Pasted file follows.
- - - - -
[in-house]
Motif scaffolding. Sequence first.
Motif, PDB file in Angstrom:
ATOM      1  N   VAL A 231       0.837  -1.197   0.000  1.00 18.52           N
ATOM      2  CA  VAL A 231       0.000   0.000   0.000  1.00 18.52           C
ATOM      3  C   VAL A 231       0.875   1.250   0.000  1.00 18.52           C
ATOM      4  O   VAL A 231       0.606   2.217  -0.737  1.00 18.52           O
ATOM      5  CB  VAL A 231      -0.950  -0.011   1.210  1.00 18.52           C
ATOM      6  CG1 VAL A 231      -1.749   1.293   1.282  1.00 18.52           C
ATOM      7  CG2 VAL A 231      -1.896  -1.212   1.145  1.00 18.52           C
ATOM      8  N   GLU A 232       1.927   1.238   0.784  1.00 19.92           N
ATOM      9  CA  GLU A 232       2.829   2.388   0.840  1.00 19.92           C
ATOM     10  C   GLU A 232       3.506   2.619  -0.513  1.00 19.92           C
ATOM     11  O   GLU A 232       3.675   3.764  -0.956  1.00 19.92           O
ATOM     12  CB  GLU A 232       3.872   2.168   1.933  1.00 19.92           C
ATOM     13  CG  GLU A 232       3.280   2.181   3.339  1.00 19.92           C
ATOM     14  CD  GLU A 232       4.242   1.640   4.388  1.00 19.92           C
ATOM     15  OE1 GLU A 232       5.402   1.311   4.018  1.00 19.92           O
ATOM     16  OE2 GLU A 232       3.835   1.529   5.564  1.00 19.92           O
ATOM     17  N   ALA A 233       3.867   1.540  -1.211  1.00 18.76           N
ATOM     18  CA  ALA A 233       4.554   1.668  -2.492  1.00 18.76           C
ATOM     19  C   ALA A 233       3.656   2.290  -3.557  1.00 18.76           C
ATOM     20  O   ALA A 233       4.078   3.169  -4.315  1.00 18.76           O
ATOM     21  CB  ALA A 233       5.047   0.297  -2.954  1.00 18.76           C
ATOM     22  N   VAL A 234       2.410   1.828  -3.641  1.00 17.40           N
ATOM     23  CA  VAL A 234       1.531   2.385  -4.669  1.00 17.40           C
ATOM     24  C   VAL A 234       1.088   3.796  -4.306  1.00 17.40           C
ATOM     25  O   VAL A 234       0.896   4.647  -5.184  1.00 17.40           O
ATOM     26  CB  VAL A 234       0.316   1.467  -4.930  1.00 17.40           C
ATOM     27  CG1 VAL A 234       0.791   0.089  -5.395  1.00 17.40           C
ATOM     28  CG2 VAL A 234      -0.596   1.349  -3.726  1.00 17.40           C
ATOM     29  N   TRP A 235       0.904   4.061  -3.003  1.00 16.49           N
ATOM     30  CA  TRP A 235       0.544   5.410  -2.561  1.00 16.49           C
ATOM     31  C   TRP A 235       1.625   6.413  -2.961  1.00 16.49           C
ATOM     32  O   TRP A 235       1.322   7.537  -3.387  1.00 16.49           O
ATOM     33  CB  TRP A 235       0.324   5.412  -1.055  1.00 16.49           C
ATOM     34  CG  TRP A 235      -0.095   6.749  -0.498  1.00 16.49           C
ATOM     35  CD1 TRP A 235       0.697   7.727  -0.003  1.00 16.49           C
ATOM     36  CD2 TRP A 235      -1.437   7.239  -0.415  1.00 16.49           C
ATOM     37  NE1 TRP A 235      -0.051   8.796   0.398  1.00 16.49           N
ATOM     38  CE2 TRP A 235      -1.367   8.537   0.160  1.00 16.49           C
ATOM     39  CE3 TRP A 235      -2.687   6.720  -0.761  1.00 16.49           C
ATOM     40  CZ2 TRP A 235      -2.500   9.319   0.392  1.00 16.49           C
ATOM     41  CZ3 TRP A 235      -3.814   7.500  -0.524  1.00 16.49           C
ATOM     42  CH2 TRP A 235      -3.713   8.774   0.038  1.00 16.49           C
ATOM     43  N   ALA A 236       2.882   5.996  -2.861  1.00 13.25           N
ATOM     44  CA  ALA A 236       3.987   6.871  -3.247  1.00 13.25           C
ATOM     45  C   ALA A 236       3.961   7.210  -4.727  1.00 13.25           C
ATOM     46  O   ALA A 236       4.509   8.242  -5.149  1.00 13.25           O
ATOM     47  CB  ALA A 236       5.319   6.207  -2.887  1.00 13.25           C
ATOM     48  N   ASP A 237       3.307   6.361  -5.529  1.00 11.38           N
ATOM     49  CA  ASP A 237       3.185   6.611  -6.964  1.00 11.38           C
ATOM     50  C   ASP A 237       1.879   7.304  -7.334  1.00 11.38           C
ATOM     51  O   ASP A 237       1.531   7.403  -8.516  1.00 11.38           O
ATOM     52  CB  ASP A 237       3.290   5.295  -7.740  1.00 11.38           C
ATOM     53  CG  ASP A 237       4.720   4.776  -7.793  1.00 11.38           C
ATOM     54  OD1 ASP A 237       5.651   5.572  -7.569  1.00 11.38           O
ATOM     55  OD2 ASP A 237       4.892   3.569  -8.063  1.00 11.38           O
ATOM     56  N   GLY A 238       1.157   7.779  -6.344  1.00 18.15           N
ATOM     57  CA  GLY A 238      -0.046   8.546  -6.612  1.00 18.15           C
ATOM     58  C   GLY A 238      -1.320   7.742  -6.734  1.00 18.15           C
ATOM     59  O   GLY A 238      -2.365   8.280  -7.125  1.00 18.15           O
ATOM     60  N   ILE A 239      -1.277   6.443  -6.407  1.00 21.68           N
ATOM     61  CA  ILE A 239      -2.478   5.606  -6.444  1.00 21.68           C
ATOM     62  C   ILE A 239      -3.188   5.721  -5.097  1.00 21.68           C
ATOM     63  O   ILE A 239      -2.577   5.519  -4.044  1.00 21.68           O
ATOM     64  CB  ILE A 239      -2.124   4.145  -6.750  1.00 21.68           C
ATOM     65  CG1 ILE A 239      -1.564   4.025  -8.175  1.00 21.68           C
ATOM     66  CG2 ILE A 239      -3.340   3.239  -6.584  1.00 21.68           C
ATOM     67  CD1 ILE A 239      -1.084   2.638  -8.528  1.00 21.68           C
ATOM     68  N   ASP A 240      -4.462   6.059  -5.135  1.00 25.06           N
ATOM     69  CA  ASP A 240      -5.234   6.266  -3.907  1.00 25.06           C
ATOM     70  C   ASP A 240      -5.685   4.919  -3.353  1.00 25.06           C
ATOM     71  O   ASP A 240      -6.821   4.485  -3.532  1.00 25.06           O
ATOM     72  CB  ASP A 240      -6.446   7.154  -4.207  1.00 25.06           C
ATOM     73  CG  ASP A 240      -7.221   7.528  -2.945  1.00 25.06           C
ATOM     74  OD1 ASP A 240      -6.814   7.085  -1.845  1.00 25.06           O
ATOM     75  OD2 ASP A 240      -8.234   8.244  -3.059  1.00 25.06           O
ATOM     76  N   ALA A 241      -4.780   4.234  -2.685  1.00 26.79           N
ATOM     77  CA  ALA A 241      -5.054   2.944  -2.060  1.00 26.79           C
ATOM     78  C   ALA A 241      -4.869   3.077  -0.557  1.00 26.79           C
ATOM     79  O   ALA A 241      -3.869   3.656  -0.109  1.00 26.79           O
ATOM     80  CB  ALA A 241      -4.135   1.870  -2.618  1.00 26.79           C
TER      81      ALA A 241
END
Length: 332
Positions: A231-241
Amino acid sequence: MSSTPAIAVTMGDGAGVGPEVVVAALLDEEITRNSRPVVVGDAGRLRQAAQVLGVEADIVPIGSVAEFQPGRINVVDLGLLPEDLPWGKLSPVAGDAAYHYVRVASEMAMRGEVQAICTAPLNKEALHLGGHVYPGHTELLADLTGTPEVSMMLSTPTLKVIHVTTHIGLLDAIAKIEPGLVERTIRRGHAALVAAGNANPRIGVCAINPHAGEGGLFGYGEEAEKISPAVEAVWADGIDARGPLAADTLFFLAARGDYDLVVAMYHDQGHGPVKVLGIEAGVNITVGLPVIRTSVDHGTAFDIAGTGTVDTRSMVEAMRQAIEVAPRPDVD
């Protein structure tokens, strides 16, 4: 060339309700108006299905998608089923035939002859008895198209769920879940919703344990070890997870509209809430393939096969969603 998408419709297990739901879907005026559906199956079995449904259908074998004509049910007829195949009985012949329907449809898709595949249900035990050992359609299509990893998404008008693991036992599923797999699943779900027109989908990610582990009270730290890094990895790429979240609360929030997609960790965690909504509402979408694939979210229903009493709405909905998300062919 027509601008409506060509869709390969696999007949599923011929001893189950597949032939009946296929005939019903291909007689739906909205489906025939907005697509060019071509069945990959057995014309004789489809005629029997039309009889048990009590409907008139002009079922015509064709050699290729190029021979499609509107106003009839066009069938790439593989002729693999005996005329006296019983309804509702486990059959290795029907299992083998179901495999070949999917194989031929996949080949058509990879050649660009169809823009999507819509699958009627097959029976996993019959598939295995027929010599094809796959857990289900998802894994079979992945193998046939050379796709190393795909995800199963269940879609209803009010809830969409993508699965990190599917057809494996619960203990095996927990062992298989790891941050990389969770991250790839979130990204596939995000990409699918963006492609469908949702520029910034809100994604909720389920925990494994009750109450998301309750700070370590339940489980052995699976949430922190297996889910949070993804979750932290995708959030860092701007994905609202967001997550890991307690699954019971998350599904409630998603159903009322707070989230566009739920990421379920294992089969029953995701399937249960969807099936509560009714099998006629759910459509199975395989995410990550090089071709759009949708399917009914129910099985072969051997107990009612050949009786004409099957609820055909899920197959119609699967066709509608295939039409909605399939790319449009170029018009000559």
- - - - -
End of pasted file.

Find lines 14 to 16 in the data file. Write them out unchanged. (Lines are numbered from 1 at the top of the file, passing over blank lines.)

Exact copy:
ATOM     11  O   GLU A 232       3.675   3.764  -0.956  1.00 19.92           O
ATOM     12  CB  GLU A 232       3.872   2.168   1.933  1.00 19.92           C
ATOM     13  CG  GLU A 232       3.280   2.181   3.339  1.00 19.92           C